By early afternoon in Europe, benchmark West Texas Intermediate crude for November delivery was up 42 cents to US$102.03 a barrel in electronic trading on the New York Mercantile Exchange.
President Barack Obama will meet with top House Republicans at the White House to seek a deal to raise the government's debt limit in the short term to prevent the first default on U.S. debt next week. Such a default could have a devastating effect on the global economy — and therefore for energy demand — so hopes of a deal underpinned crude prices.
Meanwhile, investors were monitoring developments in Libya, where gunmen abducted Prime Minister Ali Zidan from the hotel where he resides. He was freed hours later but the incident reminded investors of threats to crude supplies.
In the U.S., however, supplies remain high. The U.S. Energy Department said crude stocks rose by 6.8 million barrels last week, more than three times analyst expectations, at a time of year when consumption is seasonally weak.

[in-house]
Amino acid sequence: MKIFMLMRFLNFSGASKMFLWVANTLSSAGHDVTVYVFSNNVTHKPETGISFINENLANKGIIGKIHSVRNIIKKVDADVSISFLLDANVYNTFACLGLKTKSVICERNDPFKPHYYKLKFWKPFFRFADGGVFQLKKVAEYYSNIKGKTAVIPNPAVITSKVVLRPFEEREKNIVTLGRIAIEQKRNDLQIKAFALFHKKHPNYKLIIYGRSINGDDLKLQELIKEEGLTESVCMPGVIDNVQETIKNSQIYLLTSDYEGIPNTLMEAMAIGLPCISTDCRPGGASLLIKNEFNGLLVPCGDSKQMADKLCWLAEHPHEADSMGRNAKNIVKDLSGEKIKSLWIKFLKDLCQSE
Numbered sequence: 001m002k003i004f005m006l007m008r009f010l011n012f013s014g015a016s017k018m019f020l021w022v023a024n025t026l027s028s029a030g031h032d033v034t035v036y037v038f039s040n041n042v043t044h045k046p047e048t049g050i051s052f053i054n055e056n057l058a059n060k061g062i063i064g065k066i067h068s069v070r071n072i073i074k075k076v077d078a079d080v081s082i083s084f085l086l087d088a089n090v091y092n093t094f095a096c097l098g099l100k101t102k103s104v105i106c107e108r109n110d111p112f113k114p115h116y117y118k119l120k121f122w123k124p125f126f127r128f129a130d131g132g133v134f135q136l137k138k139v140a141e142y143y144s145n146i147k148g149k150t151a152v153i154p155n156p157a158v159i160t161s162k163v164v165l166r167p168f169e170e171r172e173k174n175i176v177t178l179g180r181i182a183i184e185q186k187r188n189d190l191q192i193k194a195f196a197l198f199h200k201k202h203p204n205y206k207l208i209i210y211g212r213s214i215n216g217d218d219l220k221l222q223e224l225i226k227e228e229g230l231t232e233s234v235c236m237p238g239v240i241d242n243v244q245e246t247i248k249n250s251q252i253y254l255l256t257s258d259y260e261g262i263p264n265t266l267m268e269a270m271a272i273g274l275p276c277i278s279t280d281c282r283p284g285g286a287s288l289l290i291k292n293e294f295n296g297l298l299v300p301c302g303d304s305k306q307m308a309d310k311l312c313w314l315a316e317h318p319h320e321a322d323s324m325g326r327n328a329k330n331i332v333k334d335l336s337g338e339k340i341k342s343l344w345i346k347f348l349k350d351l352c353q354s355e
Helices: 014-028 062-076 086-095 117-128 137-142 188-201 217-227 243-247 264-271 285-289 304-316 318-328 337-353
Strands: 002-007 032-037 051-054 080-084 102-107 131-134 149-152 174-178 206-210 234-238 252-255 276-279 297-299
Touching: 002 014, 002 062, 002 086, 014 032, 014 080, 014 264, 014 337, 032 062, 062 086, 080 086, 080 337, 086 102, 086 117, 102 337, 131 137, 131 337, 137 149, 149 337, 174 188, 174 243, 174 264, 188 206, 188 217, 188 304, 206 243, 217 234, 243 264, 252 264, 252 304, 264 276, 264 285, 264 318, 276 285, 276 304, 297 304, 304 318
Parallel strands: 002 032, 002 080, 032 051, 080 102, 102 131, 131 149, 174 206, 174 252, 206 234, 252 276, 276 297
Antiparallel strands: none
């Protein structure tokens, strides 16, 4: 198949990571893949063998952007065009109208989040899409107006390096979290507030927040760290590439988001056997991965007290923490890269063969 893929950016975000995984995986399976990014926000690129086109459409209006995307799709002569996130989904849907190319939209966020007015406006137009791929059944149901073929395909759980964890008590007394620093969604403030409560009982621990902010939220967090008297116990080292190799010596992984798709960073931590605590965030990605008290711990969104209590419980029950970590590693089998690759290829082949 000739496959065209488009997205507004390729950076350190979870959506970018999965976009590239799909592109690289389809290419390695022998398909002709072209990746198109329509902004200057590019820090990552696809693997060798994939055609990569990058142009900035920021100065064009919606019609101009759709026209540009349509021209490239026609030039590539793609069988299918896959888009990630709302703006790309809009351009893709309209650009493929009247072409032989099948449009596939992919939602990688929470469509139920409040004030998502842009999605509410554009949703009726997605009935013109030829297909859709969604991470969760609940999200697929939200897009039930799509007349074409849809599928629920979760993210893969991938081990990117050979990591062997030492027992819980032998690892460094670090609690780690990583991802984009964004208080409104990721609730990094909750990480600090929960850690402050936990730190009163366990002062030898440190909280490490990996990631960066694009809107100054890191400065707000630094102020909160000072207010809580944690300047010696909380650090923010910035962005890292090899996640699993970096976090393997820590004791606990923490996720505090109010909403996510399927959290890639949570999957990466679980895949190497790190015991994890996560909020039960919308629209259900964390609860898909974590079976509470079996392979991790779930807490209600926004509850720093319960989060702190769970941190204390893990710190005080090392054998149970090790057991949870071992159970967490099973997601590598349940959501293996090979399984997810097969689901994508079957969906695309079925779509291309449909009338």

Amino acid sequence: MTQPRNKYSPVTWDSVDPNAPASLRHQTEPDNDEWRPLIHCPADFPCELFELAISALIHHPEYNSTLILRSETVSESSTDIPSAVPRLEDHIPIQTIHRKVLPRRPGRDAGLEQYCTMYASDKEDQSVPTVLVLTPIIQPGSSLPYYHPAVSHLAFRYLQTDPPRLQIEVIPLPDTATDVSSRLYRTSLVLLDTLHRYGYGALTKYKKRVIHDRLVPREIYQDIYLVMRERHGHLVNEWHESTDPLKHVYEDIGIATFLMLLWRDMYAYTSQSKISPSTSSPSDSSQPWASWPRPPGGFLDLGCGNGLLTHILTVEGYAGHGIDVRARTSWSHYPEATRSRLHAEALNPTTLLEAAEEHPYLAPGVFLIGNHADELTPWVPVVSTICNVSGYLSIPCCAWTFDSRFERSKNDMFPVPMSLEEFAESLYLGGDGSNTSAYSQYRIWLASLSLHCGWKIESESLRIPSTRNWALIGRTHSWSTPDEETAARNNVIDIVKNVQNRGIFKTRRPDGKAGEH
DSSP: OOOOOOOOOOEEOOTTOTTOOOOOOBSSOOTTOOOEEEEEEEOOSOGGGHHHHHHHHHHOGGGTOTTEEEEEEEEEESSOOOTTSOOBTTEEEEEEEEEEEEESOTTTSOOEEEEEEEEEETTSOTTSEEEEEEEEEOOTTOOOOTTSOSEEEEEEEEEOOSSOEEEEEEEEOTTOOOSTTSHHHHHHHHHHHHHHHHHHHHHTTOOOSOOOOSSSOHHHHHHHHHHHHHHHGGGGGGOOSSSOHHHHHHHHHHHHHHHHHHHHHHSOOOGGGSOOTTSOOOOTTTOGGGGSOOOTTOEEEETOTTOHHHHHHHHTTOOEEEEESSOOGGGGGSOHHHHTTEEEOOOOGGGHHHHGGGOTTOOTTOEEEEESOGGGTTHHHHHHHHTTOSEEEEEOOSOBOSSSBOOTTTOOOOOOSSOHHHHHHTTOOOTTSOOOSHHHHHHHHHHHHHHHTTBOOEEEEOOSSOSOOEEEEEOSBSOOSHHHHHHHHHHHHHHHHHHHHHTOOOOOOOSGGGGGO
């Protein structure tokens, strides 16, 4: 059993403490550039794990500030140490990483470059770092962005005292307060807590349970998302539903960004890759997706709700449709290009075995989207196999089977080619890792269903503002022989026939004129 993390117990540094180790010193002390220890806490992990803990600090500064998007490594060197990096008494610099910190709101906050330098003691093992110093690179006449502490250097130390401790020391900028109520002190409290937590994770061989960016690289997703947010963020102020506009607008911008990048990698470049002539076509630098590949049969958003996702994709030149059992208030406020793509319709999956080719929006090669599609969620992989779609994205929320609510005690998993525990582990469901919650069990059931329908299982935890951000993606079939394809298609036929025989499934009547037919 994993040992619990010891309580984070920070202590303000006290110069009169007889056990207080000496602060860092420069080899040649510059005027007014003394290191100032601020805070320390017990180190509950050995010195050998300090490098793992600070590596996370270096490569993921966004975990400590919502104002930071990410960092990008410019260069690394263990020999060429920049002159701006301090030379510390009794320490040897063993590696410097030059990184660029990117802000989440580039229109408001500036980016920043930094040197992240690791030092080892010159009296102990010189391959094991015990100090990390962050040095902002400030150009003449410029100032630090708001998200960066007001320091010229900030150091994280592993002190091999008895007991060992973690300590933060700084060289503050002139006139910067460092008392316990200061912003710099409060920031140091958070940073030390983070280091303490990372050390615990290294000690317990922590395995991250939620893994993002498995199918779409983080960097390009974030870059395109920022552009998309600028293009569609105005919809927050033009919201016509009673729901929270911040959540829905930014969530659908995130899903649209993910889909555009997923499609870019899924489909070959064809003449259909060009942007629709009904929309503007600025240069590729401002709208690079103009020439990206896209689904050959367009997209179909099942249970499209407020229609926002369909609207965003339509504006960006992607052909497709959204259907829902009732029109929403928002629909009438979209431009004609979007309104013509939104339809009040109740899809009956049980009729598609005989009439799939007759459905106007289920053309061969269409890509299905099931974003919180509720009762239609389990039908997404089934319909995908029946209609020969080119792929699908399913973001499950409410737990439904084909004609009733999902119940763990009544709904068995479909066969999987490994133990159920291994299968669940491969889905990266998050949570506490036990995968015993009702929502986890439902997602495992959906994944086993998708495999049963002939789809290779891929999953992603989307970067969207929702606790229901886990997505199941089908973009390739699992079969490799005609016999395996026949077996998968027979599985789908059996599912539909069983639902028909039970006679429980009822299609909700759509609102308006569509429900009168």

Demand is not expected to grow, either. In its latest monthly report, the Organization of the Petroleum Exporting Countries kept its main forecasts for oil consumption unchanged since last month. It estimates global crude demand at 89.7 million barrels a day in 2013.
Demand for OPEC's own crude is seen at 29.9 million barrels a day this year — that is 500,000 barrels a day less than in 2012 and is estimated to fall further to 29.6 million barrels a day in 2014.
Brent, the benchmark for international crudes, rose 45 cents to US$109.51 a barrel on the ICE Futures exchange in London.
In other energy futures trading on Nymex: wholesale gasoline rose 2.93 cents to US$2.6523 a U.S. gallon (3.79 litres), heating oil added 1.71 cents to US$3.0345 a gallon and natural gas surged 8.7 cents to $3.766 per 1,000 cubic feet.
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